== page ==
Winebaking Part II: what happened?
A while ago I posted a question about the possibility of baking with wine - whether it could be done, what the tricks might be, and general anybody-know... I received so much helpful tips about procedures, and recommendations of the Vinafera wine flour, and links and ideas. User yozzause had the excellent idea of adding wine to a recipe I was familiar with, and using a starter, so I finally, finally worked up the guts to try that...
I took a very basic formula for a honey wheat germ bread I'm quite familiar with. I didn't want to use up all the resources in our pantry, so I made it in a very small proportion. Essentially, I went with white flour, active dry yeast, a bit of vital wheat gluten and a little bit of wheat germ, honey, butter, and moisture – I replaced half the water with red wine.
I had been advised that the alcohol present in the wine could inhibit yeast development, so I attempted to burn away the alcohol on the stovetop; simple enough. It’s quite a basic recipe of mix, knead, rise, shape, proof, and bake, and it went normally – a good rise on the dough and the loaf, and a fine oven spring.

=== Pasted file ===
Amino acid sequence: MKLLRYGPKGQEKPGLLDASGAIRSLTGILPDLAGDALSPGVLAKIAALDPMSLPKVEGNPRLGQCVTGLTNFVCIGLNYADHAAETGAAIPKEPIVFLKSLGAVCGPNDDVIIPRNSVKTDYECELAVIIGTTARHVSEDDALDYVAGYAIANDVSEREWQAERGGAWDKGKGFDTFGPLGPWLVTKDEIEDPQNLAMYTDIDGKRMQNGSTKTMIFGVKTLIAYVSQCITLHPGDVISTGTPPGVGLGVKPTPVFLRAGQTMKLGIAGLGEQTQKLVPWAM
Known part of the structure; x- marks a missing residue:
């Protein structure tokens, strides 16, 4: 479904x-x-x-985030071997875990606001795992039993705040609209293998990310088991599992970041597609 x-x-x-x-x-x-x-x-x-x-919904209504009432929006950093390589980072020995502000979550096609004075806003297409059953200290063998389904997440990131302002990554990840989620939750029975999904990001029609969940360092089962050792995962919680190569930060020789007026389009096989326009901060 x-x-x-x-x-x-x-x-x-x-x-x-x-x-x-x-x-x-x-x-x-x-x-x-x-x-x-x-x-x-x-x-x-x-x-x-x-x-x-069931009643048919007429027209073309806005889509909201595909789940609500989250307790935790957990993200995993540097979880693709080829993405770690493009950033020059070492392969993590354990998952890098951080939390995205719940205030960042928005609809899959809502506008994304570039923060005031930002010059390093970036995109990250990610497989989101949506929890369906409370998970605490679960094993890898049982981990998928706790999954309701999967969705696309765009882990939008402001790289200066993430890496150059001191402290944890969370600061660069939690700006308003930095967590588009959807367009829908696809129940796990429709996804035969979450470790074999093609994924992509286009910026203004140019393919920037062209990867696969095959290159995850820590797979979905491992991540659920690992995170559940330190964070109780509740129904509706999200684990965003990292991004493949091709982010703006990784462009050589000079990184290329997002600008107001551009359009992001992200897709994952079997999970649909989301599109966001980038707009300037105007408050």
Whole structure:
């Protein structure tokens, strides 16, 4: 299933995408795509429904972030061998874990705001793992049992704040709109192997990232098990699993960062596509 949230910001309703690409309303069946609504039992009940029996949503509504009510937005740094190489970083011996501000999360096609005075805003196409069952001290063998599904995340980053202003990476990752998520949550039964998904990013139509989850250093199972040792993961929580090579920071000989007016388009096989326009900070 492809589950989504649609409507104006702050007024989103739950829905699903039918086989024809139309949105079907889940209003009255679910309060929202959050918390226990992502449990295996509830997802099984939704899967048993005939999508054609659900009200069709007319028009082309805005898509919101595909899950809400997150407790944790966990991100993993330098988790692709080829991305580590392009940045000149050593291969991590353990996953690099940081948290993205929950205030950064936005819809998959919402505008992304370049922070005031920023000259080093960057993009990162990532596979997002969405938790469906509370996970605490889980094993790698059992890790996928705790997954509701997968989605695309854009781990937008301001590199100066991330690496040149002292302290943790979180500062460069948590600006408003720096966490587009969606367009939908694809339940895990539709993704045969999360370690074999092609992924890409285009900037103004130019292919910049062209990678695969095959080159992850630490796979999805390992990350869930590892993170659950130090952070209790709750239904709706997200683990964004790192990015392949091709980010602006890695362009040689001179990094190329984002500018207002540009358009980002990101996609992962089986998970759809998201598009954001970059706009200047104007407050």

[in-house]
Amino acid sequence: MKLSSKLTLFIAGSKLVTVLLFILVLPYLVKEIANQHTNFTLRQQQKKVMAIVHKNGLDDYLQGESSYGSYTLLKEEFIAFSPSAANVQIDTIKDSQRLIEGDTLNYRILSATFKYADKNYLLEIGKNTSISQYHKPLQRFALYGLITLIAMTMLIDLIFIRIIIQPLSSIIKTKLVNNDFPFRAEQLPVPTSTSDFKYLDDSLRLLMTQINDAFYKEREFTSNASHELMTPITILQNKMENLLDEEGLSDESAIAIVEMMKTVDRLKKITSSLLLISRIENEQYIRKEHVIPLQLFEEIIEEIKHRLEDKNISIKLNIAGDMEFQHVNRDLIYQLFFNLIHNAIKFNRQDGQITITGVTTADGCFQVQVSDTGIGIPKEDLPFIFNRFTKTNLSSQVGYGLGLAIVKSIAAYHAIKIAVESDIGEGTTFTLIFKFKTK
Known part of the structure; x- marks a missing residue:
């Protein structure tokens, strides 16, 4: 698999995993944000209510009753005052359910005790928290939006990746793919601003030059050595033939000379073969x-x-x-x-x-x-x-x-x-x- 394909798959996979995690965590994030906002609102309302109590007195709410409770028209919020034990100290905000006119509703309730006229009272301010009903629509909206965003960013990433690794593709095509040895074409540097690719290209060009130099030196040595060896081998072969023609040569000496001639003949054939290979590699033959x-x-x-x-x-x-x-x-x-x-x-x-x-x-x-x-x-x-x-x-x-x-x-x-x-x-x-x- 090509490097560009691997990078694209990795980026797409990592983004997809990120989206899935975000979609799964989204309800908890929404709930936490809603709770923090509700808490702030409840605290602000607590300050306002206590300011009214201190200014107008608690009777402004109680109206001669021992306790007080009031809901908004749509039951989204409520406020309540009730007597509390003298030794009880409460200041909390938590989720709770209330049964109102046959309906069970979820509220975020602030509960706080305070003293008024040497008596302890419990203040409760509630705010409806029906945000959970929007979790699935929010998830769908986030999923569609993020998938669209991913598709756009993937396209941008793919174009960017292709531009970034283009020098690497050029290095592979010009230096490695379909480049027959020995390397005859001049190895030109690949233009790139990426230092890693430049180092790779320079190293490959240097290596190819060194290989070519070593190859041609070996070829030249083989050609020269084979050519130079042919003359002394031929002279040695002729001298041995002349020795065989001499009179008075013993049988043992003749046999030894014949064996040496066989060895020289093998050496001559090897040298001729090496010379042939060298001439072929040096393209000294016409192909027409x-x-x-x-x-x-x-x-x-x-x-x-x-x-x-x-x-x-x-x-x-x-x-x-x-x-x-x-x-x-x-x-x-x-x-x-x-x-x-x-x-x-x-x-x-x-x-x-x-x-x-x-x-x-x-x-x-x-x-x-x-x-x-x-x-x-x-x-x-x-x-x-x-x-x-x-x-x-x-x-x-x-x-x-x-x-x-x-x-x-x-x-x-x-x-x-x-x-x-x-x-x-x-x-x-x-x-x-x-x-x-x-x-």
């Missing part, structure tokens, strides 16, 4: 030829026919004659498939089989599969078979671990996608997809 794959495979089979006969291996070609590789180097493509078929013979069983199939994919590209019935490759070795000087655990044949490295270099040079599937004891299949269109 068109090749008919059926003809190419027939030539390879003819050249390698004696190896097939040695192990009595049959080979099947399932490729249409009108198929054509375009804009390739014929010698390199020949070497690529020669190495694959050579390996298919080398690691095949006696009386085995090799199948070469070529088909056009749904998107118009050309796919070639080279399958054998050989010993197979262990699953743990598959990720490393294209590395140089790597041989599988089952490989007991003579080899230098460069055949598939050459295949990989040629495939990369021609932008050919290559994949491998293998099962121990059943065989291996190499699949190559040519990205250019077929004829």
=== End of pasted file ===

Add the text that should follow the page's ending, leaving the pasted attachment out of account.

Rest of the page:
Argh! But I was so disappointed! Usually, this bread has a nice, wholesome, slightly sweet taste with the flavor of some wheat without the heaviness, and I’d hoped to contribute a bit of the red wine flavor. Best part: purple dough! I loved the crimson touch. Worst part: bitterness! Though the crumb was soft and quite normal, the taste, once rested, was pretty harsh to me. I skipped that one. Inexplicably, my husband liked the bitterness!
But I’m wondering whether the bitterness is an inevitable product of adding alcohol to a recipe, or whether I did something wrong, or if this was simply the wrong recipe – anybody have any thoughts? Suggestions? Again, thank you all, for everything!
p.s. I did find this recipe for an ancient Roman bread made with must, the early juices of fermenting wine, and I think perhaps I’ll try that, and I thought others might be interested too! The site has a number of ancient and medieval breads: http://www.celtnet.org.uk/recipes/roman/fetch-recipe.php?rid=roman-mustacei